“Where as Sergey is doing with people, first of all, in two fights, he was expected to win – one fight not-so-much – a lot of people were picking Hopkins to win. But I think the thing that really sets him apart is that look at the people he fought. Whether you want to criticize them – say they were minor fighters – well, you had [Cedric] Agnew who was undefeated; nobody knows how good he is or could’ve been,” Duva opines. “But we do know he’s a boxer; he’s that guy people avoid because they’re afraid they’re going to look bad with him.
“And you can say the same thing about Blake Caparello and you could certainly say the same thing about Hopkins. Sergey didn’t just beat them – he looked good doing it. He was dominant doing so and in all of that, he maybe lost one round and that was the round where [Caparello] stepped on his foot to get a cheap knockdown. So I think when you look at the way [Kovalev] won the fights and the fact that he’s always being asked he take on these boxers, guys who knows how to survive, the guys who know how to make you look bad. He keeps making them look terrible.”
Duva is just getting started here…
“I think that sets him apart from Crawford who had a good year, had some nice wins, no doubt, but I didn’t see him dominating in those wins,” she states. “He fought a guy in Burns who basically got beaten by Beltran and then he fought him and he beat him but he didn’t blow anybody out of the ring the way Sergey did and they were guys he should’ve beaten and they were guys who quite frankly were very easy to look good with and that’s not taking anything away from him,” – uh…here we go again – “but when you’re looking at the razor’s edge and you’re saying, ‘Well, which is it?’ Yeah, Kovalev had that big signature win but the other two opponents weren’t world-beaters and Crawford kinda had middle-range guys. I think people are letting their hearts think rather than their heads when it comes to Beltran, who’s great but I call him a journeyman – and I mean that in the nicest sense of the word, not in a negative way – that’s basically what he is and I don’t think Beltran is any better than that because I thought he beat Burns.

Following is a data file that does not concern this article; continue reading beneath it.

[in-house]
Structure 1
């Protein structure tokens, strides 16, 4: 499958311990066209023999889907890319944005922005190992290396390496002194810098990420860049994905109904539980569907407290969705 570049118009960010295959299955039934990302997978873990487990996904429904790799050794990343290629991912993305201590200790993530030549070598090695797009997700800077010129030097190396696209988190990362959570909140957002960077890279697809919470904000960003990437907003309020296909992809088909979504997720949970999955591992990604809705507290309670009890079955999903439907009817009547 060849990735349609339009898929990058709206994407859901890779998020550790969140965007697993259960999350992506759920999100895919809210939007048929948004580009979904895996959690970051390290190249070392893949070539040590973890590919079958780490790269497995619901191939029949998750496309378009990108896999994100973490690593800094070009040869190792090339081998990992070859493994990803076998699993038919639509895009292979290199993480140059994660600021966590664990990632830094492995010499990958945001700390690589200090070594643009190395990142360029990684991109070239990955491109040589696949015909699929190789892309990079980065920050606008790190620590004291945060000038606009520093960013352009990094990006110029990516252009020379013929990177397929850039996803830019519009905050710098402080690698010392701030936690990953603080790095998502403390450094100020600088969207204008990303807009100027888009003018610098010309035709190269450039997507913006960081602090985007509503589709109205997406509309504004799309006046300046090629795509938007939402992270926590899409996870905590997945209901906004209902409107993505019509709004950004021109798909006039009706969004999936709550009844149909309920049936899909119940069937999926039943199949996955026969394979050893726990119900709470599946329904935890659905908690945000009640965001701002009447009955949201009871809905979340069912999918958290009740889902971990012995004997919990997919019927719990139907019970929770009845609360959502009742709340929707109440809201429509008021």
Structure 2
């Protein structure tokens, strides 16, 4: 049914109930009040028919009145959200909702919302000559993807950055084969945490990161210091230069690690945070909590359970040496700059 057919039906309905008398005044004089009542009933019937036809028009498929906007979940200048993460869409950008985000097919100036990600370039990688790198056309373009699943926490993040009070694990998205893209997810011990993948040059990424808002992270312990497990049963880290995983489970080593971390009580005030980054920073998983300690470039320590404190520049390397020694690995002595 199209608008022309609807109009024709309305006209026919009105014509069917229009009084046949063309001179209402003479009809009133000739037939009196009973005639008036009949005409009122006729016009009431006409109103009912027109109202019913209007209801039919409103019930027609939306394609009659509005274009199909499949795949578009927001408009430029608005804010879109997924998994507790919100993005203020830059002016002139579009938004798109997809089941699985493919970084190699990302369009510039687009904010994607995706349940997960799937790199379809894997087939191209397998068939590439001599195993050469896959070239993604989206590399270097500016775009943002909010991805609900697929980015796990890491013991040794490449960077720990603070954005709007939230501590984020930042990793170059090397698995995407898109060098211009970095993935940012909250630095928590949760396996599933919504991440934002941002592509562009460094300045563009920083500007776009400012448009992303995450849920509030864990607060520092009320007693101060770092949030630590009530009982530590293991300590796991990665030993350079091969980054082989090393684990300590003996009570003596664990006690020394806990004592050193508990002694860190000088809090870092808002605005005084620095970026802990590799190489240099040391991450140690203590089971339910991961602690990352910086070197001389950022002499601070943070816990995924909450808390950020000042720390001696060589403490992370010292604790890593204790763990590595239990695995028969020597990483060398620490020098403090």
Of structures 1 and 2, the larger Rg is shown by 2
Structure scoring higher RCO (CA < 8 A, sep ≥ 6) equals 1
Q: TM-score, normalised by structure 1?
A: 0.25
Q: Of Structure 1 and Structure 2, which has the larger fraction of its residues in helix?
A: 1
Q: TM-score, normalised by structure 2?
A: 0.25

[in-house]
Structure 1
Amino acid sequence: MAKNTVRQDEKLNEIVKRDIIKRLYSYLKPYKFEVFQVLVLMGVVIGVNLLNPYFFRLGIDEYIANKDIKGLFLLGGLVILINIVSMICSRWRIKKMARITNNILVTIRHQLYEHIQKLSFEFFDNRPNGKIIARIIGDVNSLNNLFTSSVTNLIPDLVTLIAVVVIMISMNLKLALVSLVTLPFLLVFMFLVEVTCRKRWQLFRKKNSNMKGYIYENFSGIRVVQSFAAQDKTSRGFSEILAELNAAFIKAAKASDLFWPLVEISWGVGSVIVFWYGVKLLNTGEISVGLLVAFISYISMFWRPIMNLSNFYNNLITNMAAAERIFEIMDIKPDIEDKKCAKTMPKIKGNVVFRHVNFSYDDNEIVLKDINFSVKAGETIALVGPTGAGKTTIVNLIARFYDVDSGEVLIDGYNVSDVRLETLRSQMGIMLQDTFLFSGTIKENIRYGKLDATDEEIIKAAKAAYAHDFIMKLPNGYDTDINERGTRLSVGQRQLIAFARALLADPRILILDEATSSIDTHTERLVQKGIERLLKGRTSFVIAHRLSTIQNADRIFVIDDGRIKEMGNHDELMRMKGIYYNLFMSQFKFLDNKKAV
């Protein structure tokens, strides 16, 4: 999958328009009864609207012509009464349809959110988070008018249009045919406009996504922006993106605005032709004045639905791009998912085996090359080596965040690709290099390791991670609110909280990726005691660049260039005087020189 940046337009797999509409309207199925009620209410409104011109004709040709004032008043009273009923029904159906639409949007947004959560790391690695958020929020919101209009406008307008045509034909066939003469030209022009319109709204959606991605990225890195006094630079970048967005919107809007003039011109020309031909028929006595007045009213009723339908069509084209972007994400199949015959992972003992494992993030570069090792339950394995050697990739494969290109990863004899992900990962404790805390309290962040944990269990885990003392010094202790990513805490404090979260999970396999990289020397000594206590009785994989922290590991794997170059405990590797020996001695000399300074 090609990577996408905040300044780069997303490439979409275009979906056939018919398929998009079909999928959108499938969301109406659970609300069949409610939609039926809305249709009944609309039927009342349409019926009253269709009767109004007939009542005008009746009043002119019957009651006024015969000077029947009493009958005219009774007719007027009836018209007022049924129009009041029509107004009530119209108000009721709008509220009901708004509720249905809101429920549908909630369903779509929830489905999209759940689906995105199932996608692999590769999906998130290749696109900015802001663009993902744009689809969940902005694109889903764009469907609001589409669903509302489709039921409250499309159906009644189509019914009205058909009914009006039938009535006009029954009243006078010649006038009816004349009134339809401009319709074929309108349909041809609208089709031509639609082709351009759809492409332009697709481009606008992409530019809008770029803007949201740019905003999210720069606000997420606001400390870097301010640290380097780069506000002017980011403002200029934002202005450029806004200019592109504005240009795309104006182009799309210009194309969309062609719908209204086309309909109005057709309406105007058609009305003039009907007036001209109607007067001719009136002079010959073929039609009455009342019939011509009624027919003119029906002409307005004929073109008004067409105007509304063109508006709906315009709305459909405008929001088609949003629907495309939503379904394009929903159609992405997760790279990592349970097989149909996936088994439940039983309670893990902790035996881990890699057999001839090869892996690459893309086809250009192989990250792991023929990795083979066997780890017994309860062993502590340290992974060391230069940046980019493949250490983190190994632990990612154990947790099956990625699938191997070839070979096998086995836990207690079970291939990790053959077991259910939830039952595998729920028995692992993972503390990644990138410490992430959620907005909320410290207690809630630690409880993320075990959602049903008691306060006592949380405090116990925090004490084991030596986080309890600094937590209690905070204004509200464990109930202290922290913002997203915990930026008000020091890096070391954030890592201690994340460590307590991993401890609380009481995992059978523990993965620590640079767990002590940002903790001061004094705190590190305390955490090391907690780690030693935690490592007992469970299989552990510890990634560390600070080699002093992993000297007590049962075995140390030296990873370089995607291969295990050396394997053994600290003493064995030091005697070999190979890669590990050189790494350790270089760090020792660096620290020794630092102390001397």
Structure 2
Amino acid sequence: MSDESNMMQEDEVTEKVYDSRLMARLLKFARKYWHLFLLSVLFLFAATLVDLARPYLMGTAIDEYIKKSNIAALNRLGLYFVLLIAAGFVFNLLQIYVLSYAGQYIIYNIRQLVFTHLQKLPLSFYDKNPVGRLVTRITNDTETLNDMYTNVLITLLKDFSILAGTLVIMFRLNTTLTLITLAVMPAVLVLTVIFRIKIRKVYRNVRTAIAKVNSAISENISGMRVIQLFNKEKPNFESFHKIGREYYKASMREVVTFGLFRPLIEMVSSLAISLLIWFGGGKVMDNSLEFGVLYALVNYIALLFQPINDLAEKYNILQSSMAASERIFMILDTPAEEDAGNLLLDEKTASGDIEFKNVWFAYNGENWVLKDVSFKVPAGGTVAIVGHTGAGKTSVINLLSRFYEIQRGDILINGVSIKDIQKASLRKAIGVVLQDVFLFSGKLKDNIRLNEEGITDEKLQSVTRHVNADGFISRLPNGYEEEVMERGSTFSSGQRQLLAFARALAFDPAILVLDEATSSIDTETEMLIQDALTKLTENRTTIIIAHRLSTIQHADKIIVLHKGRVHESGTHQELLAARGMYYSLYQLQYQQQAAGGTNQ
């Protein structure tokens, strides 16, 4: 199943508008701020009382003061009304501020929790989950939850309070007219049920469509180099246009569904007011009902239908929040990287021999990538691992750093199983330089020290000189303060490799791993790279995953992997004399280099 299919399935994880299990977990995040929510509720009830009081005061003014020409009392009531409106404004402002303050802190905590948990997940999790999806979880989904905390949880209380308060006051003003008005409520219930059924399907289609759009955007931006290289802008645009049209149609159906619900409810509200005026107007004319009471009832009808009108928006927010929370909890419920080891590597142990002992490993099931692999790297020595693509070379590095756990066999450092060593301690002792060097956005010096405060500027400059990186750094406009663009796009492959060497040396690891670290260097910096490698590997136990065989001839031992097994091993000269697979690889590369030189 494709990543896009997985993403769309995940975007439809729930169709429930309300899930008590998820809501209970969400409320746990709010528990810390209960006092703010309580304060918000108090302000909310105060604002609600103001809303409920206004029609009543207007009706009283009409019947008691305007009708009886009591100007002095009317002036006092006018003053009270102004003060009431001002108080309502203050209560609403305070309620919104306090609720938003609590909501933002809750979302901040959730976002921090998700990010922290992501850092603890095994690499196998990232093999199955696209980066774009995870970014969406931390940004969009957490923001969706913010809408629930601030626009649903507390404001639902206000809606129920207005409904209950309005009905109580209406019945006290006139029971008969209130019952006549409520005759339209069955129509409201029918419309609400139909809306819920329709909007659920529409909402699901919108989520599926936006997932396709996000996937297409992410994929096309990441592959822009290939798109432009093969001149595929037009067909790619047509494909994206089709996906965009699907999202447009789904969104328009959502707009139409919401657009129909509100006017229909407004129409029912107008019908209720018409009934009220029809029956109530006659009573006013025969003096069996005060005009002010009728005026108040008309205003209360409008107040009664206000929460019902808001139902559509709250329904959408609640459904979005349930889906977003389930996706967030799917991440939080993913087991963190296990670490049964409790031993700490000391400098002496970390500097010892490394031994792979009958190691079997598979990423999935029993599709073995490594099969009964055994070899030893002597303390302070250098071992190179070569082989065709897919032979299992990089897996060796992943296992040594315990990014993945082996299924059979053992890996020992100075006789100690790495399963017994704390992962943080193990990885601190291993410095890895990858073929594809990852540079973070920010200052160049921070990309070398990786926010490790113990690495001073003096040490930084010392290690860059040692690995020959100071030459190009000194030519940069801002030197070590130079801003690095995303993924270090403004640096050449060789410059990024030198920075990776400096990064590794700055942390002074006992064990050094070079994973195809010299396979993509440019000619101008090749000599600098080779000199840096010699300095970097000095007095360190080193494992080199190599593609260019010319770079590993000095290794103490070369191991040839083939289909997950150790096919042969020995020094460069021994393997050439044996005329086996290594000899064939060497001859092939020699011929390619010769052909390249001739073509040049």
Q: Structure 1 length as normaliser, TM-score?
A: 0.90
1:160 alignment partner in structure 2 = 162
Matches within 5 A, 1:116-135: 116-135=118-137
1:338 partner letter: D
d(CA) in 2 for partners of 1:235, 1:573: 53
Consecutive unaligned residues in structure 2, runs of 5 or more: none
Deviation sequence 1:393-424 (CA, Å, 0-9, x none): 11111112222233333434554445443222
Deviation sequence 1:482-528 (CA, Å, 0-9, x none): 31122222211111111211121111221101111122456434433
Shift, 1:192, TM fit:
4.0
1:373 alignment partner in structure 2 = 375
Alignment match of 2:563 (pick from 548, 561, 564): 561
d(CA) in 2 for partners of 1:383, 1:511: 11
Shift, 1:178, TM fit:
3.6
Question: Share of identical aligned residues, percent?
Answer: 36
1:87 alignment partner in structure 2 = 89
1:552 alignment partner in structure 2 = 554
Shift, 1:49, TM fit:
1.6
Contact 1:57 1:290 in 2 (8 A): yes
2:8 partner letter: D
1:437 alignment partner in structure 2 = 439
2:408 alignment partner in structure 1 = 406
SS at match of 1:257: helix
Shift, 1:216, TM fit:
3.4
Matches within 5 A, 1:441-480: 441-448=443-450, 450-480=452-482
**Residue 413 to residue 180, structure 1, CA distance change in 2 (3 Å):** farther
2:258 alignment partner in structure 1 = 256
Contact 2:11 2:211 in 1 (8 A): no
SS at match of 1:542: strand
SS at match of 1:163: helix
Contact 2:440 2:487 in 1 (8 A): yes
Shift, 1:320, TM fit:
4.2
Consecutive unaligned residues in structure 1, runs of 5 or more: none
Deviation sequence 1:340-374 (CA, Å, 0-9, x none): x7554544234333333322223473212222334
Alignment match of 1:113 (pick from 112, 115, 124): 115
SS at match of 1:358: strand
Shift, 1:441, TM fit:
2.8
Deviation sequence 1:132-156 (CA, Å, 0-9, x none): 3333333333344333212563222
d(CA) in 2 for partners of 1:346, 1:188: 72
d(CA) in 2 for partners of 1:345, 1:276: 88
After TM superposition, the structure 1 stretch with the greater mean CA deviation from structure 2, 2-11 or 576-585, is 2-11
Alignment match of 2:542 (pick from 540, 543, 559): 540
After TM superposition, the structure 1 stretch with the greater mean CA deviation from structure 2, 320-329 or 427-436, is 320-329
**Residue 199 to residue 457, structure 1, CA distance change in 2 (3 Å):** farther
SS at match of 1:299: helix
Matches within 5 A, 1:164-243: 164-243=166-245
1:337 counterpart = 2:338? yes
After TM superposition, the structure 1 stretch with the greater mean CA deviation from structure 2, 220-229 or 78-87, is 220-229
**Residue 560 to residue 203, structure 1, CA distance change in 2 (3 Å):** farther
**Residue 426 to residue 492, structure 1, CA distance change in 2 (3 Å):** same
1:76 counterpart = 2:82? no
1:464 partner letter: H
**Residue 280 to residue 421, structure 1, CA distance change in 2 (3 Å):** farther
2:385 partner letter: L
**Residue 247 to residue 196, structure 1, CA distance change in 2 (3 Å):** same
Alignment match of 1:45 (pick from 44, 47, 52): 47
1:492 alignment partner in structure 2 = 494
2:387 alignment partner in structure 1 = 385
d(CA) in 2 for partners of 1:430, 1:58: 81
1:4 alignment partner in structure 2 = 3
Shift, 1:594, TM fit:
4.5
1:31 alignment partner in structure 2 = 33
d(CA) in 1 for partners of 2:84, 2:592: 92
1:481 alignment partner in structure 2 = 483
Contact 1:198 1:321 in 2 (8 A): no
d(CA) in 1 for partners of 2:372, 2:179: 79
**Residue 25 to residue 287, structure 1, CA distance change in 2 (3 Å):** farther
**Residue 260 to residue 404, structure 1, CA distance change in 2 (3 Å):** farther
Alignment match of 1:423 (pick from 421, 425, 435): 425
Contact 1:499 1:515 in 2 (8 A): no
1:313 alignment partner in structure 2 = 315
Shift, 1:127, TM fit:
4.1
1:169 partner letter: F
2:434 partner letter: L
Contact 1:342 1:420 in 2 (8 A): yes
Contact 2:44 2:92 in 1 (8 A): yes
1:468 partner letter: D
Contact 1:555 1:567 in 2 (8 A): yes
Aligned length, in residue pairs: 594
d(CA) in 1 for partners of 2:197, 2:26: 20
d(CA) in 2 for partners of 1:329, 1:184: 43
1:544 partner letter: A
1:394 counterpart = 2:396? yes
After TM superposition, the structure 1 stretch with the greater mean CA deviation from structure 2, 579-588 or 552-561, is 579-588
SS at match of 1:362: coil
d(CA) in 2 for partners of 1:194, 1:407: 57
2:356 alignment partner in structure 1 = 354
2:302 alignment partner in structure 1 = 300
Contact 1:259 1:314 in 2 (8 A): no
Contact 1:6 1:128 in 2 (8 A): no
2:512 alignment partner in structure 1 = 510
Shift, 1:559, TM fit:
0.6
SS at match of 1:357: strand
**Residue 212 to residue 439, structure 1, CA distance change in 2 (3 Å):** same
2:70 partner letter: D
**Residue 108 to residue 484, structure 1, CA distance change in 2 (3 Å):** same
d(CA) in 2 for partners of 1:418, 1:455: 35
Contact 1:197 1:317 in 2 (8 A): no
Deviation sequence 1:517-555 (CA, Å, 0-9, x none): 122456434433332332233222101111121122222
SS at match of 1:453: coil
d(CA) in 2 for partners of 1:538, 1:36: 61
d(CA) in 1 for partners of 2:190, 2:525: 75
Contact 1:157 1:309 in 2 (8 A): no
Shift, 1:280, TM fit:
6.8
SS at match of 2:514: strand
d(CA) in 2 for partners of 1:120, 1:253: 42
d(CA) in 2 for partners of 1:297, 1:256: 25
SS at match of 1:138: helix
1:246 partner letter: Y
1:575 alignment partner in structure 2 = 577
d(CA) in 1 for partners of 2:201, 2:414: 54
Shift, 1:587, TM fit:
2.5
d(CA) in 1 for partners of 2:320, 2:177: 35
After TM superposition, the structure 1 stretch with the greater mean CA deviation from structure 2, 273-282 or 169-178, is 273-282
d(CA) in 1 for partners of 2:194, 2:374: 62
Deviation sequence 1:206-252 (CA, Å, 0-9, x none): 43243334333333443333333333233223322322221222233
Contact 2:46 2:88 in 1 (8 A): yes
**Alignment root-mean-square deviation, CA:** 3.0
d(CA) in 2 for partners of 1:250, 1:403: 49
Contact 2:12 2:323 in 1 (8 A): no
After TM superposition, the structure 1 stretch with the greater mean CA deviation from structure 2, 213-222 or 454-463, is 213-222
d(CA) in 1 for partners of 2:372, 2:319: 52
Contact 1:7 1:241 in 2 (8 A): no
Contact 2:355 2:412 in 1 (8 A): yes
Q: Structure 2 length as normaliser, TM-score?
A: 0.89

“So I really think the level of competition isn’t that far different,”she continued. “So I would give it to Sergey just because of the way he dominated everybody and dominated the guy who was supposed to outbox him, the master.”
OK, Ms. Main Events makes a lot of valid points. Hopkins, by far, is the best fighter of the six whom both Kovalev and Crawford faced in 2014. However, it can be argued that Agnew and Caparello were the two least accomplished of the fighters on that list. You can see both sides of the coin here. Duva is doing her job as a promoter. She has never claimed she was unbiased in all this; she certainly has a horse in this race.